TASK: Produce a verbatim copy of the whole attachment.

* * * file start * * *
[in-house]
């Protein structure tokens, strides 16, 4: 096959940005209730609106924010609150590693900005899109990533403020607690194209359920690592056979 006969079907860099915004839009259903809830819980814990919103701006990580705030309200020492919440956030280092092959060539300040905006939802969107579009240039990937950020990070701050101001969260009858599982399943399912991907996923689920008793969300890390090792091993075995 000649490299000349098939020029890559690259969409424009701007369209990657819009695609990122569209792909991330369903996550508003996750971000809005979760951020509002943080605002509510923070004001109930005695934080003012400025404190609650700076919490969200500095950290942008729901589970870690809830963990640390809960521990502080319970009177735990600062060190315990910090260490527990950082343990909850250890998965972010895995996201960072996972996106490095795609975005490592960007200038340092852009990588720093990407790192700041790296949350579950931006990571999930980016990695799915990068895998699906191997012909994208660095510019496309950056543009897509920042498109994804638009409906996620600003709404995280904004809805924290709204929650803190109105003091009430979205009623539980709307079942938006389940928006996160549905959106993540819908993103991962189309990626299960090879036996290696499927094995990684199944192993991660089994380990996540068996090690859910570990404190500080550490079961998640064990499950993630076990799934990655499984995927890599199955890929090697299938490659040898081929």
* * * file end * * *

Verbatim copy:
[in-house]
């Protein structure tokens, strides 16, 4: 096959940005209730609106924010609150590693900005899109990533403020607690194209359920690592056979 006969079907860099915004839009259903809830819980814990919103701006990580705030309200020492919440956030280092092959060539300040905006939802969107579009240039990937950020990070701050101001969260009858599982399943399912991907996923689920008793969300890390090792091993075995 000649490299000349098939020029890559690259969409424009701007369209990657819009695609990122569209792909991330369903996550508003996750971000809005979760951020509002943080605002509510923070004001109930005695934080003012400025404190609650700076919490969200500095950290942008729901589970870690809830963990640390809960521990502080319970009177735990600062060190315990910090260490527990950082343990909850250890998965972010895995996201960072996972996106490095795609975005490592960007200038340092852009990588720093990407790192700041790296949350579950931006990571999930980016990695799915990068895998699906191997012909994208660095510019496309950056543009897509920042498109994804638009409906996620600003709404995280904004809805924290709204929650803190109105003091009430979205009623539980709307079942938006389940928006996160549905959106993540819908993103991962189309990626299960090879036996290696499927094995990684199944192993991660089994380990996540068996090690859910570990404190500080550490079961998640064990499950993630076990799934990655499984995927890599199955890929090697299938490659040898081929």